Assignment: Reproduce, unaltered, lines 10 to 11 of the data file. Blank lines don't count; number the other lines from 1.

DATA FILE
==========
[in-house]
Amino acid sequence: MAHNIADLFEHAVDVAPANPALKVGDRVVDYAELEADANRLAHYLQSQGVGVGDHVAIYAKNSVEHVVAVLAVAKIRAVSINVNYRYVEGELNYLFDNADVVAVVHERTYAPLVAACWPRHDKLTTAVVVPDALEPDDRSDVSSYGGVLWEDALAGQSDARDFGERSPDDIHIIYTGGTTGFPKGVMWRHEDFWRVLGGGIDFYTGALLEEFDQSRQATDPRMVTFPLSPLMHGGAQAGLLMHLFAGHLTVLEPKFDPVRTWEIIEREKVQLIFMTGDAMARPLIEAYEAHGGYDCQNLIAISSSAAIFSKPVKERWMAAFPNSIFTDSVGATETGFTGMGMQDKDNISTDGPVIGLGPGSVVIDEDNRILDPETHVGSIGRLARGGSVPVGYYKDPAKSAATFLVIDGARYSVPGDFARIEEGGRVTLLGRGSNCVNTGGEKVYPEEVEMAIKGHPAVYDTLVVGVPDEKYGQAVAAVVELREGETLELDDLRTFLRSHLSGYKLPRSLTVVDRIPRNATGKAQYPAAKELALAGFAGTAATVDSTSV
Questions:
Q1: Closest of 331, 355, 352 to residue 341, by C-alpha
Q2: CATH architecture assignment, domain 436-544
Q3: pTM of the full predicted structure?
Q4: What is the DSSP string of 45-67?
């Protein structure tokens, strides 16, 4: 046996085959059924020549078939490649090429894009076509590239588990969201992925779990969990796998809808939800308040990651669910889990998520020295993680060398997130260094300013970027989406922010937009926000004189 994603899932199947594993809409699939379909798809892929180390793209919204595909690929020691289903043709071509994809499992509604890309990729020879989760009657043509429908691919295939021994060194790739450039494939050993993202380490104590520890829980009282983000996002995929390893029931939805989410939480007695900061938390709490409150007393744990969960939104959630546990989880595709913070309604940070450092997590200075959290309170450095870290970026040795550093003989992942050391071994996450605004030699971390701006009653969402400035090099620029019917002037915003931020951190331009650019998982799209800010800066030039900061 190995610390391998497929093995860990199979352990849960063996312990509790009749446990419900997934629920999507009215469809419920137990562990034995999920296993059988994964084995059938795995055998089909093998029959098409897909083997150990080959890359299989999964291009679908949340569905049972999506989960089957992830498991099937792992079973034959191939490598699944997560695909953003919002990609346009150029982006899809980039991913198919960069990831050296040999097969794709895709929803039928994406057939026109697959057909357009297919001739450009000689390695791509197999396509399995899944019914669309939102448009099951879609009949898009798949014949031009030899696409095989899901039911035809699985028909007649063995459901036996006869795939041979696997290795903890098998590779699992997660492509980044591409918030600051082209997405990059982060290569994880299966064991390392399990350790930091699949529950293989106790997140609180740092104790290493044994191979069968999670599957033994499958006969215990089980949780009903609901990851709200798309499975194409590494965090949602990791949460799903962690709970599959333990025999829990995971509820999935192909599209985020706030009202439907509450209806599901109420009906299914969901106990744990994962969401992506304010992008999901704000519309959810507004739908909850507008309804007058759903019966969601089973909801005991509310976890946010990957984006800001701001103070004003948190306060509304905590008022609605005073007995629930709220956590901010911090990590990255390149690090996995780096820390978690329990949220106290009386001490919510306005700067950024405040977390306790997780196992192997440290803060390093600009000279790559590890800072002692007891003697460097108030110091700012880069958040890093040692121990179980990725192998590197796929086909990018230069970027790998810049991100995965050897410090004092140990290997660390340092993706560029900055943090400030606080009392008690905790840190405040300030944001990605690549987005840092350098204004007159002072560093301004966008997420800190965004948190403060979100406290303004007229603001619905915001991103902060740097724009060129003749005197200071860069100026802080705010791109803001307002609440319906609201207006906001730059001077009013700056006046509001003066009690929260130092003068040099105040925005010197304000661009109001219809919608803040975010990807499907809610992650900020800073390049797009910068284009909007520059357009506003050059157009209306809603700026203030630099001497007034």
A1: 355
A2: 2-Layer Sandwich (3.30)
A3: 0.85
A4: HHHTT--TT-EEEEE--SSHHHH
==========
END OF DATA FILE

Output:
A2: 2-Layer Sandwich (3.30)
A3: 0.85